"We have so much time and so little to see. Wait. Strike that. Reverse it." – Willy Wonka (portrayed by Gene Wilder), Willy Wonka and the Chocolate Factory
Verbal flubs happen to even the most magically gifted people. Now, we've all had momentary outbreaks of brain-outpacing-mouth disease, or grasped for an elusive word and spouted something completely wrong (or possibly inappropriate). But you would think that news reporters and anchors, whose daily job is to speak on camera, would outgrow some of that.
Well, perhaps that's the case at the national level where viewers rarely see an egregious verbal faux pas. Locally? Eh, not so much.
Last night's coverage of the wildfire near Boulder, Colorado included this voice-over lead-in:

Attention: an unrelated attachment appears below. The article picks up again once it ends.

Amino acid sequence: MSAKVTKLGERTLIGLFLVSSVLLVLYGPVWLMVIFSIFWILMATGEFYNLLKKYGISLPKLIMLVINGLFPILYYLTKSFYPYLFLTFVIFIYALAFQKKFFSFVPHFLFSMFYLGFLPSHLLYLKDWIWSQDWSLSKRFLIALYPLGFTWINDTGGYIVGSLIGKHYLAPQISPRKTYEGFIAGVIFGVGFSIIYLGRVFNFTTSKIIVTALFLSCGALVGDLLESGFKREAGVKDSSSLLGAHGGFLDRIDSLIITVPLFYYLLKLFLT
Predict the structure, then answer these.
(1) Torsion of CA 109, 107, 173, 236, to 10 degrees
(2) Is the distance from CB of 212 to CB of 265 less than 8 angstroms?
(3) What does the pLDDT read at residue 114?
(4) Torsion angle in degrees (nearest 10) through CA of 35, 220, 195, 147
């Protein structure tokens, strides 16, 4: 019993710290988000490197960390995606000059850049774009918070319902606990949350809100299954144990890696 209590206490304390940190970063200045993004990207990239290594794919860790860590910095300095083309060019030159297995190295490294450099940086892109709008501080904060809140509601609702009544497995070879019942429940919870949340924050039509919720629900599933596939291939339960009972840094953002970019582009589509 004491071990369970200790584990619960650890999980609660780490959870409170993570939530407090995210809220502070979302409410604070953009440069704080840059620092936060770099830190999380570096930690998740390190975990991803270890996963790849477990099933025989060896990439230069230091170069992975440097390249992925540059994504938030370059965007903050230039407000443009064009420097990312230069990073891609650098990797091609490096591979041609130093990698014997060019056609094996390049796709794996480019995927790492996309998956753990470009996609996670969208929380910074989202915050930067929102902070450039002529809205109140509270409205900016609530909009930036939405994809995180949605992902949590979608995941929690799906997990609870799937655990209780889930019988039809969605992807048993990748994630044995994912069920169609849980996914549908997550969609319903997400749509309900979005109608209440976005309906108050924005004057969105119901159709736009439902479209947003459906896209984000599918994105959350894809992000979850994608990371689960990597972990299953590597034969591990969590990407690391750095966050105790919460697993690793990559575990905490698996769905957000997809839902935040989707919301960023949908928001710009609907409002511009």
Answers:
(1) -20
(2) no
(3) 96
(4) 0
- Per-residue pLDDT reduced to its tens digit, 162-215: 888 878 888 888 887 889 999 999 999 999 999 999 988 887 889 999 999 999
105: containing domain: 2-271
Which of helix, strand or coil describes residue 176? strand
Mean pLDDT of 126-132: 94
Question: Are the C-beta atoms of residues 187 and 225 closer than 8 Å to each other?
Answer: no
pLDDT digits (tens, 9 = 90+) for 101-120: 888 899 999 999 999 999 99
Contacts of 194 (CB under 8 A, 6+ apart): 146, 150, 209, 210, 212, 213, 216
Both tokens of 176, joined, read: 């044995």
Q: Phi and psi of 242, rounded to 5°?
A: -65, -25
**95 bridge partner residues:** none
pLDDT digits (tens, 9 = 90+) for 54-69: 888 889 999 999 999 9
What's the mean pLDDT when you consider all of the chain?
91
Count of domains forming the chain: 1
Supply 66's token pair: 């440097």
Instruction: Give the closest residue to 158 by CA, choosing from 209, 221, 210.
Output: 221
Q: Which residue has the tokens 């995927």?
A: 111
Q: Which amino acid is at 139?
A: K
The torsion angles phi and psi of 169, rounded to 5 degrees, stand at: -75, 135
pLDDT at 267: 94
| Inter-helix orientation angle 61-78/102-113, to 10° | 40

"The fire is wrecking havoc…"
I see two possibilities here. 1) The script correctly said "wreaking" and the reporter mispronounced it as "wrecking", or 2) The script was wrong and the reporter read it that way.
Either way, "wreaking havoc" is not an uncommon cliché, and someone should have caught that before it went on air.
Moments later in the same broadcast, in a segment about local firefighters' "Fill the Boot" campaign to raise money for the Muscular Dystrophy Association, the same reporter said:
"Law enforcement officers have been asking motorists to donate money…"
The video even showed firefighters (not police officers) standing on street corners and collecting money in firefighter boots.
Um…wow. I'm thinking this reporter needs to go back to school if she doesn't even know the difference between law enforcement and firefighting. See, police officers carry guns, and firefighters...oh, never mind.